Does Legislation Curb Indoor Tanning Demand Among Adolescents?

Does Legislation Curb Indoor Tanning Demand Among Adolescents?

Expects Find Progress in Limiting Use Among Teens and Young Adults.  New legislation is promoting a steady decline in indoor tanning usage among adolescents. Despite industry denials, medical experts have long recognized the risks of indoor tanning. A new study aggregated a collection of data by scouring six databases of peer reviewed literature. The researchers surveyed multiple analyses on the legislative impact of indoor tanning bans. Each study examined various aspects of age-restricting legislation such as the prevalence of tanning before and after legislation, use in states that lacked legislation, and differences between states with new and old legislation. Another studies suggested one in six melanoma diagnosis’ in Australia would likely have been prevented if the patients avoided indoor tanning. Policymakers in particular focused on young people due to their susceptibility to engage in the practice in spite of the well documented health consequences.

Indoor Tanning Among Adolescents is Generally Popular and Uniquely Hazardous

Young women represent the largest demographic for the tanning industry, which notoriously has a poor record at communicating the risks of their service to the public. 29.3% of non-Hispanic female American high school students reported partaking in indoor tanning. Many participants report a belief that the state of one’s tan reflects “a central aspect of being a beautiful or attractive person.” The need to maintain this ideal image is to prevent an image “associated with appearance surveillance and body dissatisfaction.” In reality, younger users face unique risks compared to adult counterparts. Two studies attributed a spike in adult diagnosis’ of melanoma to excessive UV exposure as young adults. Additionally, young individuals who were diagnosed with basil cell carcinoma were more likely to develop a tanning dependence if they engaged in the practice after diagnosis.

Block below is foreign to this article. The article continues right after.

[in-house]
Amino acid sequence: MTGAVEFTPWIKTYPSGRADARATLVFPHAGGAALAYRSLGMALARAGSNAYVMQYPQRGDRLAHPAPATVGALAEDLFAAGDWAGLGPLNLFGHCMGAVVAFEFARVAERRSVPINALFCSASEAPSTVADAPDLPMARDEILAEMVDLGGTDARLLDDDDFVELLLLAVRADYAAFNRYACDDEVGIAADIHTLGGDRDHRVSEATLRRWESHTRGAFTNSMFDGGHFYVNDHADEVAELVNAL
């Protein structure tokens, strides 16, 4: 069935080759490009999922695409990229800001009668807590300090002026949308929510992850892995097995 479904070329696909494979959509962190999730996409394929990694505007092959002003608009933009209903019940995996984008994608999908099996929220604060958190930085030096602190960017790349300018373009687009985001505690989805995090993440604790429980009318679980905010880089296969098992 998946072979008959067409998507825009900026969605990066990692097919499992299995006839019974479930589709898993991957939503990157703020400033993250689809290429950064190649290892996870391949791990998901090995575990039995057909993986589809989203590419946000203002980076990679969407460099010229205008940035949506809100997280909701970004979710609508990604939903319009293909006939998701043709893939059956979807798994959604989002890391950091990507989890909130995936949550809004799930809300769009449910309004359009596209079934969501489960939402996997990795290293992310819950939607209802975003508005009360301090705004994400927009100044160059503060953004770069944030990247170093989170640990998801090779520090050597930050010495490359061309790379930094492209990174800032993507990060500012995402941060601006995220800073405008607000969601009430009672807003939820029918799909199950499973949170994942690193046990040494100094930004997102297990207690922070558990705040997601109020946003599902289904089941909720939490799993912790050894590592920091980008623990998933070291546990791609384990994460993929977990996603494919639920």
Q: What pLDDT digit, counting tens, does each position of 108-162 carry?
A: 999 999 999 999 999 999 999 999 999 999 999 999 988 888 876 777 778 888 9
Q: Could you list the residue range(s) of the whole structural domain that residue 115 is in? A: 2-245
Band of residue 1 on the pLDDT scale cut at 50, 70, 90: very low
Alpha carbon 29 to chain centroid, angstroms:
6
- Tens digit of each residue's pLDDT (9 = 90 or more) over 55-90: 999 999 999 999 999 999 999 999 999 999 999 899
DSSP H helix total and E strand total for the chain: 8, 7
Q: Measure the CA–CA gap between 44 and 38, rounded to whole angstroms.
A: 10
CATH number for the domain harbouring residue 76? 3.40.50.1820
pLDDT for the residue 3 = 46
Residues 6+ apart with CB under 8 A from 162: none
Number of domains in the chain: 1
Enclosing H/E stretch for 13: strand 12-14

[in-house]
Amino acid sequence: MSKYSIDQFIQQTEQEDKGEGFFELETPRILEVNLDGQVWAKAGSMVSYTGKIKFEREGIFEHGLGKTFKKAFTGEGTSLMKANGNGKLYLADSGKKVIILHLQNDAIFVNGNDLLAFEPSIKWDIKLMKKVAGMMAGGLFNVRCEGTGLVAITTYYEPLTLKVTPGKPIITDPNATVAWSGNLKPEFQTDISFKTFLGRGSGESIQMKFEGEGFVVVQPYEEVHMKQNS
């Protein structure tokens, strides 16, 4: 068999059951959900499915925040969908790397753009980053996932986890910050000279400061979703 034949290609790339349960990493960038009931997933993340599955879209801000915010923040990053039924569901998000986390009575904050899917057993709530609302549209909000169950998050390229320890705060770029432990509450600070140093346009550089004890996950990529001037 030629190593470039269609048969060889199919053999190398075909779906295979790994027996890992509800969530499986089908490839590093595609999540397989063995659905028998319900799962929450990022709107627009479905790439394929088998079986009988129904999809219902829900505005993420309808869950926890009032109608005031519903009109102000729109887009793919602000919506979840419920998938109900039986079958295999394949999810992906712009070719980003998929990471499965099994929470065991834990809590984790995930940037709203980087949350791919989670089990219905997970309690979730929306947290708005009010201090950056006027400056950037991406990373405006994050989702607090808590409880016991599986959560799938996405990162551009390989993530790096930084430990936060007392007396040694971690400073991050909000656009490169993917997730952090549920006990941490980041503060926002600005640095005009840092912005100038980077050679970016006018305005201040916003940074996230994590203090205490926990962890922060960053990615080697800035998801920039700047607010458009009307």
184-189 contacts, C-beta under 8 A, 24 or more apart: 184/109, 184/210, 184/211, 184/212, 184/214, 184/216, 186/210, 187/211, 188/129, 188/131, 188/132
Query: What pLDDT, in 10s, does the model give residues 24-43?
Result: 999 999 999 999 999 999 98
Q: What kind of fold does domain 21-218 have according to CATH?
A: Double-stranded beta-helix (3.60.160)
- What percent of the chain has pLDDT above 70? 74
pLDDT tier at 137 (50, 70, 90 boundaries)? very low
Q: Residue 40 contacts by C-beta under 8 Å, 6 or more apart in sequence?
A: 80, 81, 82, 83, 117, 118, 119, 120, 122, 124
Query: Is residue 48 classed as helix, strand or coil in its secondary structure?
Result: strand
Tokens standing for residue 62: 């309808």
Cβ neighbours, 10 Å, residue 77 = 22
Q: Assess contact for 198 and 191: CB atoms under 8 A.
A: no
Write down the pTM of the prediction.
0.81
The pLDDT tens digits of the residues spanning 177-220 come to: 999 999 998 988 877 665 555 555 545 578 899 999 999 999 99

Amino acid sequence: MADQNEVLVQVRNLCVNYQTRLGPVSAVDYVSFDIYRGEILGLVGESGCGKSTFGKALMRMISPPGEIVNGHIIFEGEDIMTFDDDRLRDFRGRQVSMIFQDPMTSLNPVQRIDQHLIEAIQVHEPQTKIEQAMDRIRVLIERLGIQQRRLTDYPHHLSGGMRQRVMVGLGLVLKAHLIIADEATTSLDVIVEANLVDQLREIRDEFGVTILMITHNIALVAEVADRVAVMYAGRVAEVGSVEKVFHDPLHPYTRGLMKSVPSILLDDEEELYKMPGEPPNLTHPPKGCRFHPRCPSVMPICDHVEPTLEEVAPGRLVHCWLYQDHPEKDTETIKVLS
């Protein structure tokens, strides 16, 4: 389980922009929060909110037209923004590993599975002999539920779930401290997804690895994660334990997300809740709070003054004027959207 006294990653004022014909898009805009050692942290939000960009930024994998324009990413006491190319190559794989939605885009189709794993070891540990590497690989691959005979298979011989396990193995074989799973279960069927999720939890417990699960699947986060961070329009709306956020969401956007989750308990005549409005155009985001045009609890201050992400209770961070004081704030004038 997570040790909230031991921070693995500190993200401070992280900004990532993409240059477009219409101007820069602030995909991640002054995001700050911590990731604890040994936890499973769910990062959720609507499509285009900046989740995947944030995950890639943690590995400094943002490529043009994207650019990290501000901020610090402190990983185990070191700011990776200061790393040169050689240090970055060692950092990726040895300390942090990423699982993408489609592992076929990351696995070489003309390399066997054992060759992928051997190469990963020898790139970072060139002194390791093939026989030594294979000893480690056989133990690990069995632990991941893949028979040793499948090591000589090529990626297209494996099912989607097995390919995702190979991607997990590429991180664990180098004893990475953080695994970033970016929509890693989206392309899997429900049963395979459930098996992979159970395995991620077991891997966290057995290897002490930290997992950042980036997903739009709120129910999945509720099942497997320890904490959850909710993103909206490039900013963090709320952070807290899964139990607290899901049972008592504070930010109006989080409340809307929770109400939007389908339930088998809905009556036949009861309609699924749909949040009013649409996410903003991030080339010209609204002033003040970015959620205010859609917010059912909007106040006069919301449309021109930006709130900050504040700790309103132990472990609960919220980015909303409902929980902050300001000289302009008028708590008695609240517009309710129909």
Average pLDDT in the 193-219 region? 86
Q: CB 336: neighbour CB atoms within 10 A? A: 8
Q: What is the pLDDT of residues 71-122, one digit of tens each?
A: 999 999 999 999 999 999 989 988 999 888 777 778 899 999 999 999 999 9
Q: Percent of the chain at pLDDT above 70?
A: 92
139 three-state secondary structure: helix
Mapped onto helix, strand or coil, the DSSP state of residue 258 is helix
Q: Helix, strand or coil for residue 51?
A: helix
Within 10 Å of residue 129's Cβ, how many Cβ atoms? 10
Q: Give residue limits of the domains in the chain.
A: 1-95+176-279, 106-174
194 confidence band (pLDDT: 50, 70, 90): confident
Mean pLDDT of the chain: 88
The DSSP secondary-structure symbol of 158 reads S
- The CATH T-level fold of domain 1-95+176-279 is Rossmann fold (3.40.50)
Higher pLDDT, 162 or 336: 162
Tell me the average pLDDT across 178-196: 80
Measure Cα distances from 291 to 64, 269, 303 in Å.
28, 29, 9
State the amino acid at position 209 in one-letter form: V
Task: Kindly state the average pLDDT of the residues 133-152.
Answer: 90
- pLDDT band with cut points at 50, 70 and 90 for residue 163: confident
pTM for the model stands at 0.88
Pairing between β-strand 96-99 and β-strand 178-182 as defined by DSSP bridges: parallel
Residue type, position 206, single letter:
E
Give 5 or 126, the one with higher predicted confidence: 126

Legislation is Beginning to Show Signs of Decreased Demand

Since the WHO recommended age limitations on indoor tanning in 2011, legislators have been responding. 44 U.S. states and the District of Columbia passed age restriction legislation. In each study that examined the subject matter, researchers identified a decrease in indoor tanning use among adolescents. Within these studies, female use consistently decreased. There were also additional findings of lower tanning use in states that passed youth prevention legislation compared to states that lacked legislation. The researchers found an overall declining trend in youth tanning use.

Despite a downward trend of youth indoor tanning use following the passage of legislation, many adolescents are still visiting salons in spite of prohibitive laws. Effective prohibitive laws have demonstrated the potential to dramatically reduce skin cancer rates and health care costs. Some modeling suggests if all youth were banned from attending tanning salons and the prohibition was effective, then these laws could prevent 61,839 melanoma cases and 6735 melanoma deaths. However, as the research suggests, policymakers can avoid some of the more adverse health effects of indoor tanning by constructing laws that better promote widespread compliance, enforcement, and tailored legislation. The occasionally negligible statistical decline in tanning use indicate American legislation has been slow to induce a widespread decline in tanning behaviors.